Travel Destinations with a Weaker Currency in 2018.

While we don’t describe ourselves as backpackers, when we plan our travels there’s one thing we keep an eye out for above everything else.


We’re always trying to work out ways to get better value on holiday. We don’t mind spending money when it saves time, or when it guarantees a truly great experience. But, the budgeting goal is trying to achieve what we consider good value for money.

During our 3 weeks in South Africa, for instance, we spent 2 nights at Sabi Sands Private Game Reserve at £370 per night. It certainly wasn’t cheap accommodation, but with some online research – and using reward points – we knew it was the best price we could achieve. More importantly, we had a good feeling that our chances of having a great experience were high. From our pre-trip research, we knew that the recent drought in South Africa meant big cat sightings were highly likely and; Kruger is well regarded as one of the best spots in the world to see leopards. Additionally, having qualified guides in Sabi Sands who were in constant radio contact with other rangers, helps you see more than you otherwise would.

So, the additional cost was justified for us because we could see value in the experience – a key part of our travel philosophy – and we felt we achieved the best price we could. But, apart from finding the cheapest flights, selecting the right hotel for the type of holiday and researching intensively, there’s another great way to get better value on holiday: select countries with a weaker currency.

Selecting destinations with a weaker currency

The world is an ever-changing place. Countries go through booms and busts and exchange rates rise and fall, often quite dramatically. This means that in some years it can be really cheap to travel to a certain destination and in other years it can be much more expensive. By choosing a country with a weaker currency at the right time you can shave 10%, 20% or 30% of the cost – and lock in better value on holiday – compared to a few years later.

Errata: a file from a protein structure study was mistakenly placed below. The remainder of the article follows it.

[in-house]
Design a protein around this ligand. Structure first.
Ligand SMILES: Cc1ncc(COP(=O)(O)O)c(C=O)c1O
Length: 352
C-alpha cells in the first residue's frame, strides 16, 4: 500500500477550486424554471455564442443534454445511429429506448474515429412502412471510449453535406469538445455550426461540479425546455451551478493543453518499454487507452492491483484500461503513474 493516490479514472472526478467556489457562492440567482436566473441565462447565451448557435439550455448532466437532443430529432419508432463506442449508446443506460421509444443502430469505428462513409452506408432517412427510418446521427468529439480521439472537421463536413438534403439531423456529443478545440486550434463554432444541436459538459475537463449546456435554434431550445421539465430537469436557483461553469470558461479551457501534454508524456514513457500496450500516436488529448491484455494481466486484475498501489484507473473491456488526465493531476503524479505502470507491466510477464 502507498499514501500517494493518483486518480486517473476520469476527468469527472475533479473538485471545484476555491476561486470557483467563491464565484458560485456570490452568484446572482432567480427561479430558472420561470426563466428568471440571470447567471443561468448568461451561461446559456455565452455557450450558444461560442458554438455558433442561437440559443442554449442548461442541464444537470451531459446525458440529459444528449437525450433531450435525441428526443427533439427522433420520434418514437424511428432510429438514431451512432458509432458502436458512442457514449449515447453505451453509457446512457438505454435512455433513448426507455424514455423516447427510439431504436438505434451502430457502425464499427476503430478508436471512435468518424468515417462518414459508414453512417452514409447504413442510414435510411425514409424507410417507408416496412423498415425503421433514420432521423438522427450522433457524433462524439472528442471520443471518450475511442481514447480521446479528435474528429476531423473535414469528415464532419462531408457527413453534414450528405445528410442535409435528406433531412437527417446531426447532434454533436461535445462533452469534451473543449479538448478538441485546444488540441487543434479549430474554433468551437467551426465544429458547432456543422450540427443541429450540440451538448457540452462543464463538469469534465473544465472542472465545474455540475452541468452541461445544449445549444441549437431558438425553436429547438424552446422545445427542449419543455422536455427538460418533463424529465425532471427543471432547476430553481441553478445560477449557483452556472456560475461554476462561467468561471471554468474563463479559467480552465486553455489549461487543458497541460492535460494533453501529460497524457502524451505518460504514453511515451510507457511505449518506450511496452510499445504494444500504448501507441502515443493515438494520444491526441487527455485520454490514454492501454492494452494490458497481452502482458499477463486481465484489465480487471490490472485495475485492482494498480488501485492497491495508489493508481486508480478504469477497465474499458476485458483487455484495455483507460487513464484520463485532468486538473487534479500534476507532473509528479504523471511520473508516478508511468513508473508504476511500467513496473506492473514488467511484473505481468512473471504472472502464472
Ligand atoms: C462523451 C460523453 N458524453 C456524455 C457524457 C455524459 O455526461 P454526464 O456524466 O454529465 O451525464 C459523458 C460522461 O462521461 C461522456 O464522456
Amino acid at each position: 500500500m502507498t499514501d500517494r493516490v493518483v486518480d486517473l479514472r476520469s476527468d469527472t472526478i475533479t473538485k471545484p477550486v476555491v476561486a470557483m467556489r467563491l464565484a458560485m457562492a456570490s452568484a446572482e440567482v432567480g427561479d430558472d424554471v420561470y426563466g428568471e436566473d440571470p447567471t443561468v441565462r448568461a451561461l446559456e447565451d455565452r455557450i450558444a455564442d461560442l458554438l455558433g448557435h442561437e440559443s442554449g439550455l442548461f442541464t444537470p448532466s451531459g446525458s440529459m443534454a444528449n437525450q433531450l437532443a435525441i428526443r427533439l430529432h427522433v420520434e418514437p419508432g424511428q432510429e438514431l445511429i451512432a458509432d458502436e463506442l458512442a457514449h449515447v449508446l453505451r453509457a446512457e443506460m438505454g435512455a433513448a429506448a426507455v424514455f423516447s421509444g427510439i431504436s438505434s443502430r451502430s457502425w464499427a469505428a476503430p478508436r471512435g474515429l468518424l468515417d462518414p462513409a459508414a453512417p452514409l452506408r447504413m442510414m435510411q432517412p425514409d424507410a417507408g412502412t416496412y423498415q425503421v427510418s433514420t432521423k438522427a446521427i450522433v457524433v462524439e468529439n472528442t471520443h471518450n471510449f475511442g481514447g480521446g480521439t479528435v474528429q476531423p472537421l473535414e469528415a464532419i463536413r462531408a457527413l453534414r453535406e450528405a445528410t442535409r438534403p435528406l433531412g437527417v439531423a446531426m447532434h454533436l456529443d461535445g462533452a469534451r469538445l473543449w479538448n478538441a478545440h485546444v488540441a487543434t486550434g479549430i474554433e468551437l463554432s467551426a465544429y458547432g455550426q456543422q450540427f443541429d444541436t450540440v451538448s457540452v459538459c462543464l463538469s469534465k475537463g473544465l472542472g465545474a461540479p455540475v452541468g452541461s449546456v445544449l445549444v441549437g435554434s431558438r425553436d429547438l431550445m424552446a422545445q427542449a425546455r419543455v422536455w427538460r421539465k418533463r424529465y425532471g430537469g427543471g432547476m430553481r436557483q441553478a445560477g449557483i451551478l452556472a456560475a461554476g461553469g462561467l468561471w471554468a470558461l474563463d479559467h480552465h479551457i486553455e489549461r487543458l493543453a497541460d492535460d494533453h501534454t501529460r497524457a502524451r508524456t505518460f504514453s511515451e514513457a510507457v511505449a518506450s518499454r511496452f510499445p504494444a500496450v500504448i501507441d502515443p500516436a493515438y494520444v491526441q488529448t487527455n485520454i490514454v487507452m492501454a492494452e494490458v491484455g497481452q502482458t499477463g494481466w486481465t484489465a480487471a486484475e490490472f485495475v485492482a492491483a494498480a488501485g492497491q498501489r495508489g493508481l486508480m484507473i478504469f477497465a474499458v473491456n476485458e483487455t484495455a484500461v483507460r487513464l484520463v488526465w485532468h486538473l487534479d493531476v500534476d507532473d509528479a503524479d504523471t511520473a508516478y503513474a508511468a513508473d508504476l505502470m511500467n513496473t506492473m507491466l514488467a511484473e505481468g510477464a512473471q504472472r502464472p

For example, we travelled to Japan in 2015. At the time you could get 185 Japanese Yen to the Great British Pound. Two years later – after Brexit induced risk aversion – you could only get 125 Yen to the GBP. This means everything we bought in Japan effectively cost us 30% less in 2015 than it would have in 2017. For a country that is often considered expensive, we had an excellent value trip.

I spent 18 years trading currencies on the trading floor of a bank (please don’t hate me for it). To help you create a better value holiday, I have compiled a list of countries whose currencies have depreciated considerably over the last 2 years. So, read on for our stars of the weaker currency countries for 2018.

Turkey | Lira down about 25%

Travelling to Turkey in 2018 will be as cheap as it has been for a long time

Turkey has had a couple of challenging years. The civil war in Syria has destabilised the region creating geo-political and immigration issues. In response, President Tayyip Erdoğan has become more authoritarian in his rule and distanced himself from the US and the EU. The result is that the Turkish Lira is down 20% against the US Dollar and almost 30% against the Euro. Their weaker currency makes travelling to Turkey as cheap has it has been for a long time.

And what a lot Turkey has to offer. You can traverse continents in Istanbul. Meander some of the best-preserved Roman ruins on the planet at Ephesus. Explore the strange mountain shapes of Cappadocia. Or just lie on the beaches and stare at the azure Mediterranean. We are already planning our trip for 2018.


Turkish Lira

Mexico | Peso down about 10%

Although the peso has recovered a bit, Mexico is still a cheap destination for 2018